Saturday, 23 February 2013

Funding and Ownership of the Film Industry

For my article on funding and ownership of the TV industry, please click here.

I'm starting a new unit with my media students on Monday that I have never taught before. It's called Understanding the Film and Televsion Industries and their first assignment will be to look into the funding and ownership of these two media industries. In order to get a few things straight in my head and ensure that I know what I'm talking about before trying to teach them, I thought I'd give the first assignment a go myself. So here is part one on the funding and ownership of the film industry and I will try to keep ahead of the students by producing part two on the television industry asap!

The film and television industries in the UK and the US are made up of many companies that are all owned and funded in many different ways. I will first discuss the film industry and then move on to the television industry, focussing on the ways these two similar but different media industries are funded and owned in the UK and the US, referring to a range of contemporary and historical examples.


The film industry in the UK is made up of a number of different parts. There are companies that are involved in Development, Production, Facilities, Distribution, Exhibition and Export. Skillset’s most recent research shows that there are ‘around 400 'permanent' (i.e. registered) companies in the film industry’ but this number can vary depending on how many film productions are being worked on in the UK at any time. Their research also shows that of these companies, ‘43% are production, 13% are distribution and the remaining 44% are exhibition companies’, meaning that much of the distribution side of the film industry is likely funded by foreign companies, often Hollywood studios that help to sell British films to US and international audiences.
The British film industry does not have quite the same power and wealth as the big Hollywood studios and therefore depends much more on public funding and financial aid from government intervention. In 2012 it was announced that ‘some £285 million of National Lottery money is to be put into the British film industry over the next five years’.  The British Film Institute (BFI) will determine how this money is spent after taking over funding responsibilities from the UK Film Council which no longer exists. Though there will be spending in other areas, much of the funding will be put into the production and development of future British films.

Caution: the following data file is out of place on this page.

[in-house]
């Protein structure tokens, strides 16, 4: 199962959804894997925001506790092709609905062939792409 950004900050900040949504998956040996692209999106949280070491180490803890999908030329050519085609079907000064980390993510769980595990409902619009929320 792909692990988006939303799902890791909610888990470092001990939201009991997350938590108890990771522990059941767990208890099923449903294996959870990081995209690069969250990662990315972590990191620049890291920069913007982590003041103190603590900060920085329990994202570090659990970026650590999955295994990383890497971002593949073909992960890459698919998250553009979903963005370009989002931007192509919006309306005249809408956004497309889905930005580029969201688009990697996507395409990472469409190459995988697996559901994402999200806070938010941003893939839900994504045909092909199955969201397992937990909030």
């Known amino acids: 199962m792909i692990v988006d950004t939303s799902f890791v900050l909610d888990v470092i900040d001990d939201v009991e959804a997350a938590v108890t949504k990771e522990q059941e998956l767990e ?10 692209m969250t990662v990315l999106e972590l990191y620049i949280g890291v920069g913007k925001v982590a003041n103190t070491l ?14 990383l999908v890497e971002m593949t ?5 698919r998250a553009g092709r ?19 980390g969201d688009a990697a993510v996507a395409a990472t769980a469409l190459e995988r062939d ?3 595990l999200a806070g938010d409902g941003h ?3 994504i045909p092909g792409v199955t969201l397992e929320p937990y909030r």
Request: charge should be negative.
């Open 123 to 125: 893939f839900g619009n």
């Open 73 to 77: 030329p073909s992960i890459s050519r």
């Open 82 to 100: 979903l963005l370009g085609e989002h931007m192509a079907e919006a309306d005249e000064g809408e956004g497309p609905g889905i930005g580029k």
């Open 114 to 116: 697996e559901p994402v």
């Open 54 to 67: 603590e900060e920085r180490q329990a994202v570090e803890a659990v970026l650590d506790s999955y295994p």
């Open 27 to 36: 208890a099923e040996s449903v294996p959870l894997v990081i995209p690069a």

The producers of The King’s Speech for example had to scrape together the approximately £10 million budget from the following companies:

UK Film Council (presents)
Momentum Pictures (in association with)
Aegis Film Fund (in association with)
Molinare Investment (as Molinare, London) (in association with)
FilmNation Entertainment (in association with)
See-Saw Films (as See Saw Films)
Bedlam Productions (as Bedlam)

Some of these companies, for example the American The Weinstein Company, would invest in production in order to gain the distribution rights and therefore a larger share of the profits when it is released. ‘The Weinstein Company (TWC) is a multimedia production and distribution company’, independently funded by its own profits, and ‘also active in television production’ showing it is both vertically and horizontally integrated. Vertical integration is where ‘a company expands its business into areas that are at different points on the same production path’ so when a film company owns the means to produce films and then also the means to distribute them, it is said to be vertically integrated. TWC is also horizontally integrated because it has acquired ‘additional business activities that are at the same level of the value chain in similar or different industries’. Not only can it produce films but it has also expanded into producing television shows as well.

Concerns were raised in the past about the major Hollywood studios’ oligopoly over the film industry. The so called ‘big 5’ studios were vertically integrated to the point where they owned the means to produce, distribute and exhibit their own films which meant that other films did not have a chance against the poser of these big studios. The Paramount Decree passed in 1948 meant that the studios had to sell their cinema chains as this much vertical integration was seen as anti-competitive and therefore made illegal, diminishing the power of the old Hollywood studios.

However despite these moves to stop excessive levels of vertical integration, the film industry is still dominated in the US and UK by global companies such as Time Warner. Warner Bros. Pictures is a subsidiary of the global conglomerate Time Warner and produce films such as the Harry Potter franchise. But Time Warner also owns HBO, ‘the world's most successful pay-tv service’, the Turner Broadcasting System that ‘operates worldwide news, entertainment, animation, young adult & kids media networks and related businesses’ and Time Inc who are ‘one of the largest branded media companies in the world, with a portfolio of 96 titles’ which means they are horizontally integrated over television, film and print media. Warner Bros operates internationally all over Europe, Latin America, Japan and Australia leading to some concerns over huge companies like this and their potential influence over a global audience.

Bibliography so far:


 Part two on the television industry coming soon!

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